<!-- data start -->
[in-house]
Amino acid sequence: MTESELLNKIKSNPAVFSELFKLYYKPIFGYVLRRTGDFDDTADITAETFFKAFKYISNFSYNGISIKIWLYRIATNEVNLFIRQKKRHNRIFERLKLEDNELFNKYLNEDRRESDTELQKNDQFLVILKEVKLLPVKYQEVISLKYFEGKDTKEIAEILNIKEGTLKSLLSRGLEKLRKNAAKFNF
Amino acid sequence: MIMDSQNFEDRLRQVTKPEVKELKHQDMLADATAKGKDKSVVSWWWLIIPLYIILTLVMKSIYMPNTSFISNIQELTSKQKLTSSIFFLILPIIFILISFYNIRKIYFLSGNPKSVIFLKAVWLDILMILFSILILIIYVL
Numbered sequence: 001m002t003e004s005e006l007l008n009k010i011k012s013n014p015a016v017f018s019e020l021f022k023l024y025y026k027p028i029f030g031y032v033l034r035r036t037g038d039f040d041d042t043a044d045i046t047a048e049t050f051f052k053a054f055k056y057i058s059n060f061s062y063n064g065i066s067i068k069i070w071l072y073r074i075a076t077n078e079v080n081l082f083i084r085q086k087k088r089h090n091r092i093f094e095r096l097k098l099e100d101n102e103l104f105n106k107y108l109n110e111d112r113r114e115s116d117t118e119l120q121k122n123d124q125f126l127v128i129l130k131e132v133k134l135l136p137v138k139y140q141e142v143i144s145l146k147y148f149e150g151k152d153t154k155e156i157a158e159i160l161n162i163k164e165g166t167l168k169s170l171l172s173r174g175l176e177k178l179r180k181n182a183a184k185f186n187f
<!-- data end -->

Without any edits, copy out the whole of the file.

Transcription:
[in-house]
Amino acid sequence: MTESELLNKIKSNPAVFSELFKLYYKPIFGYVLRRTGDFDDTADITAETFFKAFKYISNFSYNGISIKIWLYRIATNEVNLFIRQKKRHNRIFERLKLEDNELFNKYLNEDRRESDTELQKNDQFLVILKEVKLLPVKYQEVISLKYFEGKDTKEIAEILNIKEGTLKSLLSRGLEKLRKNAAKFNF
Amino acid sequence: MIMDSQNFEDRLRQVTKPEVKELKHQDMLADATAKGKDKSVVSWWWLIIPLYIILTLVMKSIYMPNTSFISNIQELTSKQKLTSSIFFLILPIIFILISFYNIRKIYFLSGNPKSVIFLKAVWLDILMILFSILILIIYVL
Numbered sequence: 001m002t003e004s005e006l007l008n009k010i011k012s013n014p015a016v017f018s019e020l021f022k023l024y025y026k027p028i029f030g031y032v033l034r035r036t037g038d039f040d041d042t043a044d045i046t047a048e049t050f051f052k053a054f055k056y057i058s059n060f061s062y063n064g065i066s067i068k069i070w071l072y073r074i075a076t077n078e079v080n081l082f083i084r085q086k087k088r089h090n091r092i093f094e095r096l097k098l099e100d101n102e103l104f105n106k107y108l109n110e111d112r113r114e115s116d117t118e119l120q121k122n123d124q125f126l127v128i129l130k131e132v133k134l135l136p137v138k139y140q141e142v143i144s145l146k147y148f149e150g151k152d153t154k155e156i157a158e159i160l161n162i163k164e165g166t167l168k169s170l171l172s173r174g175l176e177k178l179r180k181n182a183a184k185f186n187f